Certain Songs #801: John Coltrane – “Acknowlegement”

Album: A Love Supreme
Year: 1965

A Love Supreme, of course, is probably one of the two or three best-loved jazz albums of all time.

Recorded in a single blast in December of 1964 and released a scant month later, it’s one of the very few not just records, but works of art that pretty much everybody agrees is completely and utterly transcendent.

“Acknowledgement,” the opening track of A Love Supreme, is based upon a simple four-note motif that had been floating around the universe since the dawn of time. It’s first captured and channeled by bassist Jimmy Garrison, while pianist McCoy Tyner hints at it without hitting it. When John Coltrane comes in, he totally ignores it until he can’t, finally landing upon it and then typically plays with, around and through it.

And, of course, “Acknowledgement” reaches its peak when Coltrane puts down the sax and just flat out sings it:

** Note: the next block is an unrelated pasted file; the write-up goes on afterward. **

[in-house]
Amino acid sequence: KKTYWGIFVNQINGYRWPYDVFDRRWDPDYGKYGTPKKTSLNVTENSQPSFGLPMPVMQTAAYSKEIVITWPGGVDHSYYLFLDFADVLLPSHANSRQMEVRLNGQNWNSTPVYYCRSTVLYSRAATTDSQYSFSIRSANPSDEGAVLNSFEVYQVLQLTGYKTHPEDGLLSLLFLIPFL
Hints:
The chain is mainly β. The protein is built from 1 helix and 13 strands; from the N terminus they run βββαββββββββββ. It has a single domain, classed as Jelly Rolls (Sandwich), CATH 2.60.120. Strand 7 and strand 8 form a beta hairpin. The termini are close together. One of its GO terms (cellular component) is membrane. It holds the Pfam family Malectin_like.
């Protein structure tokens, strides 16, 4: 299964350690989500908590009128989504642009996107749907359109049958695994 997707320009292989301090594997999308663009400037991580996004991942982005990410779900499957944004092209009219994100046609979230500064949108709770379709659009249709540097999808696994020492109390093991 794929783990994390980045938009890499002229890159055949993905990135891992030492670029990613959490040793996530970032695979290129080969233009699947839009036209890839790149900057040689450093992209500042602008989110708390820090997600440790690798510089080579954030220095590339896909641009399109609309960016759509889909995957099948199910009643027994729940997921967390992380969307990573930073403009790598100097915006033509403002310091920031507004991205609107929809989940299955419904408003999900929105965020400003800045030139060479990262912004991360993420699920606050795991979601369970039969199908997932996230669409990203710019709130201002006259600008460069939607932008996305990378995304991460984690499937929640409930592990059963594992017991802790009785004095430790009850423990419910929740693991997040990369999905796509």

A love supreme
A love supreme
A love supreme
A love supreme
A love supreme
A love supreme
A love supreme
A love supreme

And here’s the thing, he can’t really sing. And normally I would say that’s not the point, but in this case it really is the point. The beauty of John Coltrane’s overdubbed singing is the humanity, the sense of him being so overwhelmed by and about what he wanted to express, he put down the instrument into which he could pour all of his formidable talent as not expressive enough.

Only his voice could express what he wanted to express. It’s one of the most nakedly human moments ever recorded, and probably a major reason that A Love Supreme has resonated down through the decades to the point where there has been a long-running Saint John Coltrane Church.

“Acknowledgement”

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